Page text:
Well, I will take this one step at a time, but I was already thinking if Firefox still has problems with reads and writes exceeding the 701's SD card interface's capabilities, I would again run the fatrace utility to find where the problem lies and then try buffering the activity to that directory (directories) with lvmcache and the cache either on the SSD or in a RAM Disk (I have upgraded the 701 to the max, with 2GB RAM chips). But this may not be an issue, if for example, that ~/.mozilla/firefox directory 'happens' to locate itself (does the user have any control over this, in LVM-created partitions?) on the SSD, rather than the SD card.

RonCam 04-11-2019 04:14 AM

As an aside, the reason I suspect a bottleneck at the SD-card interface
 
This problem with Firefox probably wouldn't exist in a computer having a very recent SD-card interface because ...the specs for the SanDisk Ultra SDHC Type A1 UHS-1 Card, 'up to' 98MB/s (653x) have two asterisks after it.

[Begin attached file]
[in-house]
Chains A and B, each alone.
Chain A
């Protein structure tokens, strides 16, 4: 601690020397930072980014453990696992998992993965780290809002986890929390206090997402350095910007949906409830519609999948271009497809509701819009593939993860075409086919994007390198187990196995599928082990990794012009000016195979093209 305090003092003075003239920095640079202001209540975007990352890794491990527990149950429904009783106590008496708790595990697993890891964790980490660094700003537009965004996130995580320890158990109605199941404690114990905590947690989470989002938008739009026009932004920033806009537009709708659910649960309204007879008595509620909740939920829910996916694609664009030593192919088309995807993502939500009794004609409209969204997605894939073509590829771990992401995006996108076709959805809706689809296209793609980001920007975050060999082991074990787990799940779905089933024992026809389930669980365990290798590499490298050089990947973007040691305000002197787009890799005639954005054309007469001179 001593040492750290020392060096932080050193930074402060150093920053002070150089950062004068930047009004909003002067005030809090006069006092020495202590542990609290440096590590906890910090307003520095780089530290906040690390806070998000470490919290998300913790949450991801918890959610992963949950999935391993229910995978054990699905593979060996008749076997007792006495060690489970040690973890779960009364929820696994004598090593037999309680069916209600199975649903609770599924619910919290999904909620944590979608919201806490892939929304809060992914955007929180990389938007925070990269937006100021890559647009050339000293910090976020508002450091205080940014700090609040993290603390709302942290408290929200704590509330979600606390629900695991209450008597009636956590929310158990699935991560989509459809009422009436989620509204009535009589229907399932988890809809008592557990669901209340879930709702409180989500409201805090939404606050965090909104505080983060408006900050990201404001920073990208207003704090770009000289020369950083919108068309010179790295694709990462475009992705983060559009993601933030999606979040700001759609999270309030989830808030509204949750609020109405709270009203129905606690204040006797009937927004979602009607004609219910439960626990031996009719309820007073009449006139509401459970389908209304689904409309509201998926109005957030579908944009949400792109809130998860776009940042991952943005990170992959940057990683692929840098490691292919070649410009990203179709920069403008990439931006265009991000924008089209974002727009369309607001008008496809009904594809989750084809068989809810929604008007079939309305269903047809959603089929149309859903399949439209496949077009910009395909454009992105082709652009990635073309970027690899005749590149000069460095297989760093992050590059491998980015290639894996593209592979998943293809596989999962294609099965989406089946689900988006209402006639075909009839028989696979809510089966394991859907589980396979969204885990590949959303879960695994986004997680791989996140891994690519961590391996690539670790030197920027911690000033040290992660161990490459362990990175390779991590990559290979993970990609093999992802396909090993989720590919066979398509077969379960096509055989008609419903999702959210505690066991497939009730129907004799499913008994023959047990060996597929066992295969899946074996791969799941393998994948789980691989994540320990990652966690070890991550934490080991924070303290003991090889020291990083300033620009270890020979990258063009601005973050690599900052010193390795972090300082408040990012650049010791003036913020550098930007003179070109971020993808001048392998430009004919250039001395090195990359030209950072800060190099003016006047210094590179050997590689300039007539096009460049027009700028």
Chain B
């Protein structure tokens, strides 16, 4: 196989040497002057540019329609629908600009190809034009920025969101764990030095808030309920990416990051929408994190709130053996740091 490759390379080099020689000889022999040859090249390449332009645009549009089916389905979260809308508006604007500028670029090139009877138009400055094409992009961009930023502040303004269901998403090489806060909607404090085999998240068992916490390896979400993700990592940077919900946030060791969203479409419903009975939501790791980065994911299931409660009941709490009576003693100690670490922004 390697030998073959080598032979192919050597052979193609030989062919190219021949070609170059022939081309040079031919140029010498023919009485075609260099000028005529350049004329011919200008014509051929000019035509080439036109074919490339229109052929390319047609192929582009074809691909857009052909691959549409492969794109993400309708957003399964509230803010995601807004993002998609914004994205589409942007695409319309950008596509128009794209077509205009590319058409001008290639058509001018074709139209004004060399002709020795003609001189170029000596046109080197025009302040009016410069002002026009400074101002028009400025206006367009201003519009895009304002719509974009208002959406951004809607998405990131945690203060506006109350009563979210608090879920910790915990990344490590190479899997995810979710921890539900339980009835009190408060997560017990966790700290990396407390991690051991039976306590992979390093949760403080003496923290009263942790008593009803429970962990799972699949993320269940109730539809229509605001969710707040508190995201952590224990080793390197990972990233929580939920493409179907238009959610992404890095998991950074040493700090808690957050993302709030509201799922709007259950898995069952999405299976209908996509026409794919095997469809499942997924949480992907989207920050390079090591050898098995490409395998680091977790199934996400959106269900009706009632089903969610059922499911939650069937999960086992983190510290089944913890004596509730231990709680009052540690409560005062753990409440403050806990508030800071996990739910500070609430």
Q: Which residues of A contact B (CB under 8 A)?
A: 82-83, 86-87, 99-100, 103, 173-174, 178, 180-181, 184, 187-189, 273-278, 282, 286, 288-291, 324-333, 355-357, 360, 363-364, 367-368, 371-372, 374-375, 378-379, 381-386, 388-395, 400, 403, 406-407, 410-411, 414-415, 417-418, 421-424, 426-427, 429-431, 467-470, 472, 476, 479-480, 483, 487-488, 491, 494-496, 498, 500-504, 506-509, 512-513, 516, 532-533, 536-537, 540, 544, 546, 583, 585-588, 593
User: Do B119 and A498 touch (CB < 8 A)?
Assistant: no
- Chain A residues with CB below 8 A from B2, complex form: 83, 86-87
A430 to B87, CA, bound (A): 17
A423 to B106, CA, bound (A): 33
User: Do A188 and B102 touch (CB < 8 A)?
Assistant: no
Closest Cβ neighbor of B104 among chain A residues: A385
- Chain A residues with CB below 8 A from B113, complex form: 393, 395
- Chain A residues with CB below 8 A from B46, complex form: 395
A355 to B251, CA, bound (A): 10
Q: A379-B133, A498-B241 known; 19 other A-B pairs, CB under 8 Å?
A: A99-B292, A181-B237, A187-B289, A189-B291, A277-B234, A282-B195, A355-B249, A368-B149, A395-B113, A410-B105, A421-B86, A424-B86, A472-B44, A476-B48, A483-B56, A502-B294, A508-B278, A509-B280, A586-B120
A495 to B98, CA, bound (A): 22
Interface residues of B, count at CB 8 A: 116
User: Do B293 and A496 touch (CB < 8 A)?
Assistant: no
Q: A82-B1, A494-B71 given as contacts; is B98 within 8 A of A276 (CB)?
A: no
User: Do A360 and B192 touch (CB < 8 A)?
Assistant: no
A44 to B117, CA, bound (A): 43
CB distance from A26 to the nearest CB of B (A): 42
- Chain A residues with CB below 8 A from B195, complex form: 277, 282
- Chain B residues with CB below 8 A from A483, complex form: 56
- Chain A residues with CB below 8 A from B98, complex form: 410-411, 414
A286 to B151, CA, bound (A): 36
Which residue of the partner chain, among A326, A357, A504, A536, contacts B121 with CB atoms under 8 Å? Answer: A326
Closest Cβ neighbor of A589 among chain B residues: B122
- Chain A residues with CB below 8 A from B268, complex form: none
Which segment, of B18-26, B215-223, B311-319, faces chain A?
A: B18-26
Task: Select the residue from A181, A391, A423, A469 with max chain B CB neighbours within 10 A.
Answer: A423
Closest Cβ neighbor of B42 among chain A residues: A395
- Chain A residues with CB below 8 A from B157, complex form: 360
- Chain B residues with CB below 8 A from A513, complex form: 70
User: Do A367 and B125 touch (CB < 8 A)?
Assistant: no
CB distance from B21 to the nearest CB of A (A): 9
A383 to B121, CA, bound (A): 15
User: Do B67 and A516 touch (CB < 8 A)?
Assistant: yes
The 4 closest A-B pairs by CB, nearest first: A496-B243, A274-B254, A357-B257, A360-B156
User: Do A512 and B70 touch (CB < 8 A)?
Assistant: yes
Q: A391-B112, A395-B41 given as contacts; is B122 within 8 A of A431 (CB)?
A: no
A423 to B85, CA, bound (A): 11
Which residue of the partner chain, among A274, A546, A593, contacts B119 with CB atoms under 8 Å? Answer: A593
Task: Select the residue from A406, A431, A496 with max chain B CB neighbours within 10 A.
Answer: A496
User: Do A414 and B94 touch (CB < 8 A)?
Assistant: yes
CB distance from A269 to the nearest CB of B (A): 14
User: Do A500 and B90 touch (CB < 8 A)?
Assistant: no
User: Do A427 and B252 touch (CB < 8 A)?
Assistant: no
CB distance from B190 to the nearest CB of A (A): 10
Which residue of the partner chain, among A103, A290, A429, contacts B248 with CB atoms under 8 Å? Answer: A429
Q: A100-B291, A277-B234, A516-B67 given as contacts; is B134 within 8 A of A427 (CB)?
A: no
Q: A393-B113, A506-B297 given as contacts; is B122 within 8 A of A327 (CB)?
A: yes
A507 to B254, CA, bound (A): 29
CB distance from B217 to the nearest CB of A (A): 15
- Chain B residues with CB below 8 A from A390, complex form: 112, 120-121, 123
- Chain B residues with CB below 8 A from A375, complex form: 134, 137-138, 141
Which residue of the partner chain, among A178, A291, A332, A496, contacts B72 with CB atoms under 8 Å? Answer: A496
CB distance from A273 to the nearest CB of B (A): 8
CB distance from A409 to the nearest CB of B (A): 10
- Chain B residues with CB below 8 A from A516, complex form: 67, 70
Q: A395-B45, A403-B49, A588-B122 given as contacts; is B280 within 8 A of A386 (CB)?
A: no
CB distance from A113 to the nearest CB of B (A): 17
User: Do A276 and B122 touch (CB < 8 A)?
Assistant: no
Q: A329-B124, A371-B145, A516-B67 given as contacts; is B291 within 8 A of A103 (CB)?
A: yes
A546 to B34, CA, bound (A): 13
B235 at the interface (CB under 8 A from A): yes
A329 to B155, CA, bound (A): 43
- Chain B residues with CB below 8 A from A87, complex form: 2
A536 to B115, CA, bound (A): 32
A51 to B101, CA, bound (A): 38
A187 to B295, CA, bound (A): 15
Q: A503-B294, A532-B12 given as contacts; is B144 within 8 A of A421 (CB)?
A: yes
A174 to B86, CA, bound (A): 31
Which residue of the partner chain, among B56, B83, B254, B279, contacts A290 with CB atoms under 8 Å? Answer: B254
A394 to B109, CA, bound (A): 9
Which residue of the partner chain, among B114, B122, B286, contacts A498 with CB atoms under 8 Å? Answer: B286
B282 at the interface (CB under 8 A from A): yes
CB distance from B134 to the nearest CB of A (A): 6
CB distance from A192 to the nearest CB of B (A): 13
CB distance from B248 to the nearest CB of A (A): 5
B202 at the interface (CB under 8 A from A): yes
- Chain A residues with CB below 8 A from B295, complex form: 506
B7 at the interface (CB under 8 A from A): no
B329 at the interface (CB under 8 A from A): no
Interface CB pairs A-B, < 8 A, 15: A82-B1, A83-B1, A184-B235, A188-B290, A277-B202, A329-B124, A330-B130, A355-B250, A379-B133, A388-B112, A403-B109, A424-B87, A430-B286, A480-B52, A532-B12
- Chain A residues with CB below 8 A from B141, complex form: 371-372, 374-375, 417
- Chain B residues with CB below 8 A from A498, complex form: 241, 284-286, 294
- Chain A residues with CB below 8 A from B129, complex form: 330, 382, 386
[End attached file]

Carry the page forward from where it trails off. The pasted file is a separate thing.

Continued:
The 'fine print' says that's only read speed, not write, but even more relevant to the eeePC 701, it assumes a hardware interface that's compatible with the standard for A1 cards, and this is almost certainly not the case in a 10-year-old netbook. All things considered, it's surprising it works as well as it does with practically everything else, except for Firefox.

michaelk 04-11-2019 08:02 AM

I did edit my post #8 which concurred with #7 that manually creating LVM was not possible.

I did go back and cancel while learning how the installer works.

I used the terminal as a matter of choice. There are not many GUI tools that support LVM and really did not know if there were any on the live system.

As far as swap goes, with an old SSD I don't know how good the wear leveling techniques were back then and would try to limit writes as much as possible. There are also ext4 options like using noatime to limit writes.

RonCam 04-11-2019 10:45 AM

Thanks again. I'm going to backup the entire SSD, put in a fresh SD card, and then go ahead and see how it runs. Some things cannot be predicted just by thinking about them ... too many variables!